Ultimately, Long was acquitted by a jury of his peers. Unlike NX121, however, he didn’t have the luxury of anonymity, something that Chris Kaba’s family, understandably, has questioned given the seriousness of the charge against him. One can only speculate as to why NX121’s continued anonymity was granted during his brief court appearance last week, but the secrecy only adds to a sense of distrust in a police force mired in scandals.
Perhaps sensing this weakness, Mayor of London Sadiq Khan has also jumped on the bandwagon, saying somewhat conspiratorially that “nothing is off the table” regarding the potential break-up of the Met. Khan knows all too well that 4,000 armed operations are carried out by the Met each year, resulting in just one or two fatalities. For a city of 8 million, that is a fairly low hit rate.
So why the call for drastic action? Like Braverman, who has failed to impress the electorate on immigration, and who is hoping to turn a human tragedy and an institutional crisis into political capital, Khan’s implied threat is a well-timed exploitation of a family’s grief, voter concerns, a police force’s weakness, and, as Tony Long points out, individual officers’ vulnerability.
“The officers who have downed tools are only taking this unprecedented stand because the suits haven’t had their backs,” he says. “Now that they’ve forced their hand, they’ve changed their tune.” Long is keen to stress that armed officers take on the role voluntarily, for no extra pay, and thus are not striking but using an agreed 10-day period of reflection — a policy designed to make sure that armed officers can get downtime if their “heads aren’t in the right place”.
“Senior management see firearms officers as expendable,” Long says, with more than a hint of personal animus. “They know they’re enthusiastic, keen and professional about the work, despite knowing that, if they shoot somebody, they’re going to get slaughtered in the press, charged with murder or suspended from work for up to five years. But management couldn’t care less. So, you know what? The lads don’t have faith in them, which is why the Met’s now in a bind.”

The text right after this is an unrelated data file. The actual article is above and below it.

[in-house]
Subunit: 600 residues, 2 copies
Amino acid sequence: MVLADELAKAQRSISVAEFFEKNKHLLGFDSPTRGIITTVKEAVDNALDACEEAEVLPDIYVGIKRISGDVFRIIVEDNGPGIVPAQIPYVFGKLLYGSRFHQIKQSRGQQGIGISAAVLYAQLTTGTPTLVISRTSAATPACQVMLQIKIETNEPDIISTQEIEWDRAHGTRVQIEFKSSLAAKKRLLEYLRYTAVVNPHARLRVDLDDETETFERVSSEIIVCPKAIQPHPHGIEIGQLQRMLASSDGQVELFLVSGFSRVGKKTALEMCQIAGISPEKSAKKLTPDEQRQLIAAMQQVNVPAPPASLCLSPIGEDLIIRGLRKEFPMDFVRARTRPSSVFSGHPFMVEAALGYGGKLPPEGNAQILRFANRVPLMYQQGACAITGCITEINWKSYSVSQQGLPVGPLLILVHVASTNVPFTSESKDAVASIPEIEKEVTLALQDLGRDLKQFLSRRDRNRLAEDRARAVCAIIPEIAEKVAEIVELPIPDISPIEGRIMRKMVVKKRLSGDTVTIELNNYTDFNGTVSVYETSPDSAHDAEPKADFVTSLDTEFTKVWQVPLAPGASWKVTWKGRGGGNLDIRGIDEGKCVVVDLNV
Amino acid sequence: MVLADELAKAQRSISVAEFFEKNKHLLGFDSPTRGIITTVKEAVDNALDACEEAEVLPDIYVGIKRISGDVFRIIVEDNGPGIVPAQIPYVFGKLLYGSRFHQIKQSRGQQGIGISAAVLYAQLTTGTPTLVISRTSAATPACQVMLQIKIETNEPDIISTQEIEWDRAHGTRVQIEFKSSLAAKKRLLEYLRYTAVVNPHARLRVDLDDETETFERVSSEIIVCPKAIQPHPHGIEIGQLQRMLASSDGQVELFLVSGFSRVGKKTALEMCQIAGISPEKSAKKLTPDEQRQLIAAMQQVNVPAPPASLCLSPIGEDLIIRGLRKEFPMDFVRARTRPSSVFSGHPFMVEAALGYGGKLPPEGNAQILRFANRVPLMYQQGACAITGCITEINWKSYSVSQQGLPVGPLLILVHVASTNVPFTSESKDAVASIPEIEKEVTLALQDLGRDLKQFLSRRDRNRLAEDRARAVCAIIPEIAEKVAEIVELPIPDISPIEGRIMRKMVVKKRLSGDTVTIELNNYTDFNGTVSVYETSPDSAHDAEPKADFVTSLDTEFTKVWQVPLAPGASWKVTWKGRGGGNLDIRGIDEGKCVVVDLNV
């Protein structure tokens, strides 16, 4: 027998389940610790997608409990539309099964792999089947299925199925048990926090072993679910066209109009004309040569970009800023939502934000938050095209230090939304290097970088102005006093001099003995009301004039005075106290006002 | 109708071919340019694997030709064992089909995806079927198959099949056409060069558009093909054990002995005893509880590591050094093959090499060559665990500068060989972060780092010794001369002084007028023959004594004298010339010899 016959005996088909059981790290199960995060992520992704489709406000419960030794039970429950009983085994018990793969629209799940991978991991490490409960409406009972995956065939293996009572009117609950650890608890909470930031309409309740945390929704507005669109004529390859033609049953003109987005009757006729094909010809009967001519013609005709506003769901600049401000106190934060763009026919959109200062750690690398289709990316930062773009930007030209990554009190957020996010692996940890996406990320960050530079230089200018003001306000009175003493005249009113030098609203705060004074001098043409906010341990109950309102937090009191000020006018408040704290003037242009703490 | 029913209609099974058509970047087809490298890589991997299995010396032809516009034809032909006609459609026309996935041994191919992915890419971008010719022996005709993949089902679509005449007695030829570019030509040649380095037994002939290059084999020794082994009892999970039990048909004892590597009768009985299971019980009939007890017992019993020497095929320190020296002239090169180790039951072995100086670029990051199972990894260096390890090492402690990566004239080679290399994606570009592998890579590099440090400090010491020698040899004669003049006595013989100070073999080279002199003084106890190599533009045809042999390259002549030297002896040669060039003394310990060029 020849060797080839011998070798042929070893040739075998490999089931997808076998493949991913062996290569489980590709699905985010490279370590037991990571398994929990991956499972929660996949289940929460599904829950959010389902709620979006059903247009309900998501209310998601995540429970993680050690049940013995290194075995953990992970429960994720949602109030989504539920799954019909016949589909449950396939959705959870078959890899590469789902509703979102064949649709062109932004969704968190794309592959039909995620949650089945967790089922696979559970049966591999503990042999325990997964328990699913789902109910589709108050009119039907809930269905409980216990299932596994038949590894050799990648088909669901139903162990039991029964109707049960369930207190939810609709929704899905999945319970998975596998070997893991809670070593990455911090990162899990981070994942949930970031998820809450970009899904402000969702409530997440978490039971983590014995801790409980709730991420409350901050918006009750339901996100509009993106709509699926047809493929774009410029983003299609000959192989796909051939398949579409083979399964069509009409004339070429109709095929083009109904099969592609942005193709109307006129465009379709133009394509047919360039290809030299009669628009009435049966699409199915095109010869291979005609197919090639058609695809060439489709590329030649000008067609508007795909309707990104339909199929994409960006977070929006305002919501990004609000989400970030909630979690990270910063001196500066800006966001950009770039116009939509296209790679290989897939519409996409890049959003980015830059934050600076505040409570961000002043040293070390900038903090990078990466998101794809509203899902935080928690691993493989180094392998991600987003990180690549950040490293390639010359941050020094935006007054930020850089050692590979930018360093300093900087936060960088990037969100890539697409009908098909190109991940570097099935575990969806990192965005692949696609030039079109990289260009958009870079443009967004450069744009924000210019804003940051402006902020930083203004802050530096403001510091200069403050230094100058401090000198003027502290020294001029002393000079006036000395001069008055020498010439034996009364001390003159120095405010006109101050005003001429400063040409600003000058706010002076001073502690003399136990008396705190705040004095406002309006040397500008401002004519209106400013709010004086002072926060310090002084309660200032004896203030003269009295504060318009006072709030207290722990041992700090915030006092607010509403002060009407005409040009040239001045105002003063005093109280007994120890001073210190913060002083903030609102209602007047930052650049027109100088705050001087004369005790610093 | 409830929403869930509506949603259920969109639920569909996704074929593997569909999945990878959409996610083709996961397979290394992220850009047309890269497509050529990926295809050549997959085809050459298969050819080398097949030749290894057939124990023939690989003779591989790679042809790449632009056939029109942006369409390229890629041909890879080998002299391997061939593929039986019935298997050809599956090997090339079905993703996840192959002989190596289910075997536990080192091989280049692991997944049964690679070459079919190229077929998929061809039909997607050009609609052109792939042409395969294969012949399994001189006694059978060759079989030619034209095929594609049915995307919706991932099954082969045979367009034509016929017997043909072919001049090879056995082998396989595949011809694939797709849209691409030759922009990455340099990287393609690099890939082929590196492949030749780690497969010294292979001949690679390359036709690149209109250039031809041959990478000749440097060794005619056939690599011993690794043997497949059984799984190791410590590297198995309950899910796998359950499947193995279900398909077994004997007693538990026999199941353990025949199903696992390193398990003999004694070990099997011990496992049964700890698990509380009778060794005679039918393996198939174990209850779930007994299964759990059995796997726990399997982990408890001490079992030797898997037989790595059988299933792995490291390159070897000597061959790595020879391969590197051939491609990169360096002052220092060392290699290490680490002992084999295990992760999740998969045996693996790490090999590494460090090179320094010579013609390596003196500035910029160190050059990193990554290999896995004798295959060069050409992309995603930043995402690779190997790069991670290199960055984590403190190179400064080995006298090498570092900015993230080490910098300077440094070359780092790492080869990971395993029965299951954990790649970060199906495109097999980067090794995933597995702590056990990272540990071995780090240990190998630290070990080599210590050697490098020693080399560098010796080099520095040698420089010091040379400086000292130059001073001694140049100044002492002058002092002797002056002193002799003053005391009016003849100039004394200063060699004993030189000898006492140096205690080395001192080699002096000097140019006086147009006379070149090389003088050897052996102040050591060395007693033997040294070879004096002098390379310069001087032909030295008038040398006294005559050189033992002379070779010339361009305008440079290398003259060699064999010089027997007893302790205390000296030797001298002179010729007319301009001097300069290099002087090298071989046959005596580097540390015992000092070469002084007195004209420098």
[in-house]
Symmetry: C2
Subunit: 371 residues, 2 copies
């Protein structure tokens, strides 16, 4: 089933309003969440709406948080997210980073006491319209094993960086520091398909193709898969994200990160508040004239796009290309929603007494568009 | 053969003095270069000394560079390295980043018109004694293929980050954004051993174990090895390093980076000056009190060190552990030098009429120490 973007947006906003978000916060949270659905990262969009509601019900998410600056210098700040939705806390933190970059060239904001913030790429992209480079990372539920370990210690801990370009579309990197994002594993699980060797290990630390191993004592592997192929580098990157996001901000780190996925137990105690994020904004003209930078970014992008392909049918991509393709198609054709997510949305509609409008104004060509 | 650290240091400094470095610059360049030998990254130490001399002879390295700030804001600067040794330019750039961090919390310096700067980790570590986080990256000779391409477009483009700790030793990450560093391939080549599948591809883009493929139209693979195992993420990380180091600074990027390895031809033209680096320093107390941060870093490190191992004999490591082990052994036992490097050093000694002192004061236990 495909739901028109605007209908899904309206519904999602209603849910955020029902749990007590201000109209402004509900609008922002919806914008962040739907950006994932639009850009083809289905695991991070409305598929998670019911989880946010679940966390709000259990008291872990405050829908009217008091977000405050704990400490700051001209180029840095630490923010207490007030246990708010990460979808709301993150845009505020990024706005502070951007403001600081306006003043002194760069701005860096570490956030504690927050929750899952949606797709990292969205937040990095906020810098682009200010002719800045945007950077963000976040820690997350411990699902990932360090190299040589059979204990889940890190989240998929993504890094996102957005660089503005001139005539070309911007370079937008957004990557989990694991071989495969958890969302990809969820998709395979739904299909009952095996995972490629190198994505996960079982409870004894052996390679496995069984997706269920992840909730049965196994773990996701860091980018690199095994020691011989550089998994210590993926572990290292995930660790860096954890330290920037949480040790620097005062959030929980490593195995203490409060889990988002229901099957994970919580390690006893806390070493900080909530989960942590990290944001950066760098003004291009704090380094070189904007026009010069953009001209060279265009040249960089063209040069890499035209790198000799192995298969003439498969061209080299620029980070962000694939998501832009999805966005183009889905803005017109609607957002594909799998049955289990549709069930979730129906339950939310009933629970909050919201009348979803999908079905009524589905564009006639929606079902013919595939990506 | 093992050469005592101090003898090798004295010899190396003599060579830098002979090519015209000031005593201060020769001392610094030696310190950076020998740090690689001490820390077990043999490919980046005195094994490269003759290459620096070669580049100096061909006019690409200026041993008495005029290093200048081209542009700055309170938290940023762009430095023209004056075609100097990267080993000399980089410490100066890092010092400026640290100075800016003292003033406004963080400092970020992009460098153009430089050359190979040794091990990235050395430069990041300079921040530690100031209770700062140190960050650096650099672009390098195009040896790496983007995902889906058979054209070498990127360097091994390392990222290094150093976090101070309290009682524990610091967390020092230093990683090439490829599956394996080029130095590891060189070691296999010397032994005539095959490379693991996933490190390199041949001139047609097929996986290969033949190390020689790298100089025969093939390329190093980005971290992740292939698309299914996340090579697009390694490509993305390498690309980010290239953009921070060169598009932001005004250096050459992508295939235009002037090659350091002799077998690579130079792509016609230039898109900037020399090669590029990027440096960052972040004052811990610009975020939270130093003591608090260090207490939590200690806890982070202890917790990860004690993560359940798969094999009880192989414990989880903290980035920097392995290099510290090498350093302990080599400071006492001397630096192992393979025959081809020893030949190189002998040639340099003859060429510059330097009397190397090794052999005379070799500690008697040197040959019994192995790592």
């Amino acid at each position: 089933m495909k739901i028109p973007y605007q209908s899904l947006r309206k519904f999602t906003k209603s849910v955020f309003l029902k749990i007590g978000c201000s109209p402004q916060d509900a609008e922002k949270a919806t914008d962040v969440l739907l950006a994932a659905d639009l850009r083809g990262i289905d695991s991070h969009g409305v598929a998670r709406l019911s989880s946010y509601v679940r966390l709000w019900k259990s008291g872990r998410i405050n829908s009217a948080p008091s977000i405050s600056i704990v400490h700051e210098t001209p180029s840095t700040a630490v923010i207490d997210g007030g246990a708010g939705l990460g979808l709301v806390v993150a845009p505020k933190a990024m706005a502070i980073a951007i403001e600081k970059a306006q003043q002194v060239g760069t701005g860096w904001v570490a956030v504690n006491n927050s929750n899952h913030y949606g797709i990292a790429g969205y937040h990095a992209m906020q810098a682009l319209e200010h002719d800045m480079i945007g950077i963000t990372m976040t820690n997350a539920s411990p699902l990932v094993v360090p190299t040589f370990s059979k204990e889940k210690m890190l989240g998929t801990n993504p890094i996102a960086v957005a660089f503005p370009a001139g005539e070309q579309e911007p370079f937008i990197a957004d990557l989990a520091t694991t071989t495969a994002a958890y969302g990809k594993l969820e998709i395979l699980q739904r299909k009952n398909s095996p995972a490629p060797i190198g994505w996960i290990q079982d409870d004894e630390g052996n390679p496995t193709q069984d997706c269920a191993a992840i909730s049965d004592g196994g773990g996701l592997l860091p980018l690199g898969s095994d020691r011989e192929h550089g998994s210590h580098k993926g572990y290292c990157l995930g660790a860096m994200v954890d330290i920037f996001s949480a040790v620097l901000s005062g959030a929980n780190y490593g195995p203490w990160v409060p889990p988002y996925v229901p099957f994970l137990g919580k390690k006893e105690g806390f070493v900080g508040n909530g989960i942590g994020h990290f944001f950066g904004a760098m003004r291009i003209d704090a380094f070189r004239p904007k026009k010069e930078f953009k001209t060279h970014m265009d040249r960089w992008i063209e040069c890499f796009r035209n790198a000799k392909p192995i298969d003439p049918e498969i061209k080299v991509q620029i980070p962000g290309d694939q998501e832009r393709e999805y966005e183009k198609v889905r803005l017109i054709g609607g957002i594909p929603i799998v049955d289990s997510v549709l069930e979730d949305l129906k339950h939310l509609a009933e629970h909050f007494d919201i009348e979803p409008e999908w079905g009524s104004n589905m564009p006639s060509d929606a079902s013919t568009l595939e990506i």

While Braverman and Rowley talk a good game about giving armed officers the “support” they need, and while Sadiq Khan cynically suggests that the Met may need to be carved out into various controllable fiefdoms, you can bet they are all working behind the scenes to “bring into line” what one insider describes as a “force within a force”. The wider issue, however, is how to muzzle a minority of armed police officers whose power lies in their high profile rather than their ballistic weaponry.
One way to do this would be to remove the voluntary aspect of armed policing and indeed create a genuine “force within a force”, with a completely different level of accountability that removes the potential for “reflection” to be used as de facto industrial action. Yet one serving firearms officer from another force, whose unit is considering downing tools in solidarity with SCO19, told me that he and his colleagues would balk at the idea of being “professionalised” in such fashion. He pilloried the idea that a separate, dedicated, national armed police force could ever become a reality, so potent is the notion that Britain “polices by consent” rather than political diktat.
Whatever the solution, the fact that we are having this debate at all — regardless of the political posturing at play — is remarkable. Striking doctors, like striking tube and train drivers, may be an inconvenience, but the rise of refusenik police officers smacks of a society-wide existential crisis. When the time comes for NX121 to account for his actions, it won’t just be him in the dock, it will be the Met’s management and the government’s leadership on trial, too.